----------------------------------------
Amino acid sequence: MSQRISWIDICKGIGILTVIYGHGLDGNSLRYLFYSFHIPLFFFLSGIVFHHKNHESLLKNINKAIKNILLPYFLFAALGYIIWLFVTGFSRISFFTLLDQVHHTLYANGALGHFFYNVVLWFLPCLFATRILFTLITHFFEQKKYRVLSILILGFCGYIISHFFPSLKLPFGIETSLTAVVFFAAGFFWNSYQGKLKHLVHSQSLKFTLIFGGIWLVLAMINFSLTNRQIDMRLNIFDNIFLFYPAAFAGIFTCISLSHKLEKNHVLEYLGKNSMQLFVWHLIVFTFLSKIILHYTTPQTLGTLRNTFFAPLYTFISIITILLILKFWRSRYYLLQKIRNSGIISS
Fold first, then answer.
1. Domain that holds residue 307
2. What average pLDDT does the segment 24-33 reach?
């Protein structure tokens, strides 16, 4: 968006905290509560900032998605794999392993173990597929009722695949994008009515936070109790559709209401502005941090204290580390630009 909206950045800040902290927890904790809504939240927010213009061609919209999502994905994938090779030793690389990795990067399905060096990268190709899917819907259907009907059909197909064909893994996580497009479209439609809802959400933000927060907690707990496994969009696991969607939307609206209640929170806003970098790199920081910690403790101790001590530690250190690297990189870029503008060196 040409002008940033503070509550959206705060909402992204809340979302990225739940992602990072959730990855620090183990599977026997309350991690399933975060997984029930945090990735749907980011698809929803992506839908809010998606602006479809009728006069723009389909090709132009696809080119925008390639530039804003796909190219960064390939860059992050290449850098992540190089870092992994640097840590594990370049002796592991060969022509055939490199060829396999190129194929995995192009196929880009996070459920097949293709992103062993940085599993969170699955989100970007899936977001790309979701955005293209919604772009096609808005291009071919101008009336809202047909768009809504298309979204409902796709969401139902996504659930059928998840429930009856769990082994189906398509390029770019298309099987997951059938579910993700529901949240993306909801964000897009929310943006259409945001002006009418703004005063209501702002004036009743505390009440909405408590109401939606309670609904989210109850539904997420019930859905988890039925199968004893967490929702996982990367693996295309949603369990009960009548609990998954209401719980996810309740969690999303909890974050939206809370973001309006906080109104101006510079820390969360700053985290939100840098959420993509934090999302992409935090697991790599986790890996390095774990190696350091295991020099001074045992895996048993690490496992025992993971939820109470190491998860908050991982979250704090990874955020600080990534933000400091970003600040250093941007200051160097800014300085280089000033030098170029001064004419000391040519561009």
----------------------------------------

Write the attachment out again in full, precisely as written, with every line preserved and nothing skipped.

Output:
Amino acid sequence: MSQRISWIDICKGIGILTVIYGHGLDGNSLRYLFYSFHIPLFFFLSGIVFHHKNHESLLKNINKAIKNILLPYFLFAALGYIIWLFVTGFSRISFFTLLDQVHHTLYANGALGHFFYNVVLWFLPCLFATRILFTLITHFFEQKKYRVLSILILGFCGYIISHFFPSLKLPFGIETSLTAVVFFAAGFFWNSYQGKLKHLVHSQSLKFTLIFGGIWLVLAMINFSLTNRQIDMRLNIFDNIFLFYPAAFAGIFTCISLSHKLEKNHVLEYLGKNSMQLFVWHLIVFTFLSKIILHYTTPQTLGTLRNTFFAPLYTFISIITILLILKFWRSRYYLLQKIRNSGIISS
Fold first, then answer.
1. Domain that holds residue 307
2. What average pLDDT does the segment 24-33 reach?
């Protein structure tokens, strides 16, 4: 968006905290509560900032998605794999392993173990597929009722695949994008009515936070109790559709209401502005941090204290580390630009 909206950045800040902290927890904790809504939240927010213009061609919209999502994905994938090779030793690389990795990067399905060096990268190709899917819907259907009907059909197909064909893994996580497009479209439609809802959400933000927060907690707990496994969009696991969607939307609206209640929170806003970098790199920081910690403790101790001590530690250190690297990189870029503008060196 040409002008940033503070509550959206705060909402992204809340979302990225739940992602990072959730990855620090183990599977026997309350991690399933975060997984029930945090990735749907980011698809929803992506839908809010998606602006479809009728006069723009389909090709132009696809080119925008390639530039804003796909190219960064390939860059992050290449850098992540190089870092992994640097840590594990370049002796592991060969022509055939490199060829396999190129194929995995192009196929880009996070459920097949293709992103062993940085599993969170699955989100970007899936977001790309979701955005293209919604772009096609808005291009071919101008009336809202047909768009809504298309979204409902796709969401139902996504659930059928998840429930009856769990082994189906398509390029770019298309099987997951059938579910993700529901949240993306909801964000897009929310943006259409945001002006009418703004005063209501702002004036009743505390009440909405408590109401939606309670609904989210109850539904997420019930859905988890039925199968004893967490929702996982990367693996295309949603369990009960009548609990998954209401719980996810309740969690999303909890974050939206809370973001309006906080109104101006510079820390969360700053985290939100840098959420993509934090999302992409935090697991790599986790890996390095774990190696350091295991020099001074045992895996048993690490496992025992993971939820109470190491998860908050991982979250704090990874955020600080990534933000400091970003600040250093941007200051160097800014300085280089000033030098170029001064004419000391040519561009």